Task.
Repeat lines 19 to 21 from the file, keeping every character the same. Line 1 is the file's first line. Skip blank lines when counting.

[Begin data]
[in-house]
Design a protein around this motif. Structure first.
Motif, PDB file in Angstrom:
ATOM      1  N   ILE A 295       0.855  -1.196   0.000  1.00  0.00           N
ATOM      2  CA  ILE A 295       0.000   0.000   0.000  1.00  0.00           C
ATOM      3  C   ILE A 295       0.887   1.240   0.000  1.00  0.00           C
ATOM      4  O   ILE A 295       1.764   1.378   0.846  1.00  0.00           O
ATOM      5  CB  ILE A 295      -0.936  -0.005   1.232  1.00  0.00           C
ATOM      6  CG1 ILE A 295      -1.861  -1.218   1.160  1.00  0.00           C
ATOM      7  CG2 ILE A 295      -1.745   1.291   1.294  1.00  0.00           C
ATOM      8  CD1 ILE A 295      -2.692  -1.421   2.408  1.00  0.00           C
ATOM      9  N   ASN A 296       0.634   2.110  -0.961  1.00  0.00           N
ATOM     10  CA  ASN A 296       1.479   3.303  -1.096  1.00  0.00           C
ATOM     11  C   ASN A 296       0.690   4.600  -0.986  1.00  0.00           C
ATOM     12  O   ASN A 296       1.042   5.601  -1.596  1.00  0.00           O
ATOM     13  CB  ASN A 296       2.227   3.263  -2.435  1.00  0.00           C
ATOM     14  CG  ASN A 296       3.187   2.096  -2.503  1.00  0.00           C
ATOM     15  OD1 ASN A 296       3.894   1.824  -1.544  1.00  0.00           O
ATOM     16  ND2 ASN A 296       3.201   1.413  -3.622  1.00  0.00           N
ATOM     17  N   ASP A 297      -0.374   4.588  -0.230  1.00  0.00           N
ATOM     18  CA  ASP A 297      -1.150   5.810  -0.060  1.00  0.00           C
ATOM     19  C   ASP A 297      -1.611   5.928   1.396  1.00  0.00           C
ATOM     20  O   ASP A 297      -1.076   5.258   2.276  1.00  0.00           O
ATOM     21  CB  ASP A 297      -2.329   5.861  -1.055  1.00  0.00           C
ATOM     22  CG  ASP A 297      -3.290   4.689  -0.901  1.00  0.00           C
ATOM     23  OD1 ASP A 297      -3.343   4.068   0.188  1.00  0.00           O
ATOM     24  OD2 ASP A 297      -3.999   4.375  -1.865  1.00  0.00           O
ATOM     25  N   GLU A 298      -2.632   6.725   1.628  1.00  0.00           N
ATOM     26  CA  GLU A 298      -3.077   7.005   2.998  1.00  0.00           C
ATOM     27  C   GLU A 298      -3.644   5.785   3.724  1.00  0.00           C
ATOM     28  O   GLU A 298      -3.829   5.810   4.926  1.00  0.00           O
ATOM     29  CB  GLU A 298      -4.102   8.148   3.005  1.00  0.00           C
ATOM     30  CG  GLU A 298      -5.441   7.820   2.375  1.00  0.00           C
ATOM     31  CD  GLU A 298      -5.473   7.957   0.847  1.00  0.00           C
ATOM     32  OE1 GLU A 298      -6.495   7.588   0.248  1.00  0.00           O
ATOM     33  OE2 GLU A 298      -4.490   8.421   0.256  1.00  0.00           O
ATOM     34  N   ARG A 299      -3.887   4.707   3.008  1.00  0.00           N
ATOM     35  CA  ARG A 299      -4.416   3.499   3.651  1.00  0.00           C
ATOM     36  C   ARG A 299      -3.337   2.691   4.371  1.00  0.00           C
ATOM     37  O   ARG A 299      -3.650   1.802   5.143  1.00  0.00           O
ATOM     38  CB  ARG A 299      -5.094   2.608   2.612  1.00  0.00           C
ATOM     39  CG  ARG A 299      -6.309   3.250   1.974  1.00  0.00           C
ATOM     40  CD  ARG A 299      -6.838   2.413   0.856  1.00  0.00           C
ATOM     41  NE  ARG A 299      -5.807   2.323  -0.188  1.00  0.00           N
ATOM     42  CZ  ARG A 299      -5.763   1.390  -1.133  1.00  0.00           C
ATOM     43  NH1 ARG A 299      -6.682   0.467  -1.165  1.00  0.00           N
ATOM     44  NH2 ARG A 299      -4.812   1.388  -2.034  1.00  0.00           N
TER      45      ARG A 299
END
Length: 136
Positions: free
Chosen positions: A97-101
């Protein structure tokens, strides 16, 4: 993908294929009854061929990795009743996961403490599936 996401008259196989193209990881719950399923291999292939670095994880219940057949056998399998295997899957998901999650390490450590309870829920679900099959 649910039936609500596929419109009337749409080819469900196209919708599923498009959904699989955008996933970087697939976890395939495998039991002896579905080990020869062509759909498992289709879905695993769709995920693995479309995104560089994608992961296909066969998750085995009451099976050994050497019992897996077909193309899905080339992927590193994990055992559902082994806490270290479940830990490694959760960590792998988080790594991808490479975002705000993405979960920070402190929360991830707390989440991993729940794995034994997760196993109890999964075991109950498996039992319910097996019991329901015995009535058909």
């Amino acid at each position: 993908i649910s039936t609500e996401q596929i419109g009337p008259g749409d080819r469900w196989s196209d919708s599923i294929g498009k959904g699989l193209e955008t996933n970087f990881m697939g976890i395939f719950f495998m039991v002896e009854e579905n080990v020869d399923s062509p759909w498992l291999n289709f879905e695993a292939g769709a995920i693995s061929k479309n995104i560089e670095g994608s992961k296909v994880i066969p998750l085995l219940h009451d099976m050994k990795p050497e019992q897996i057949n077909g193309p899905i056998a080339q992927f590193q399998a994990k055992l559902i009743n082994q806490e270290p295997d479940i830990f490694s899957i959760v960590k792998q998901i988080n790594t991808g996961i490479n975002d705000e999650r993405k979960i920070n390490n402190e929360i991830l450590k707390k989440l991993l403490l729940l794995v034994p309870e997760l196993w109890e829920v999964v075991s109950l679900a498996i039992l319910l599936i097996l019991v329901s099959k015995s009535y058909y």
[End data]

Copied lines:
ATOM     16  ND2 ASN A 296       3.201   1.413  -3.622  1.00  0.00           N
ATOM     17  N   ASP A 297      -0.374   4.588  -0.230  1.00  0.00           N
ATOM     18  CA  ASP A 297      -1.150   5.810  -0.060  1.00  0.00           C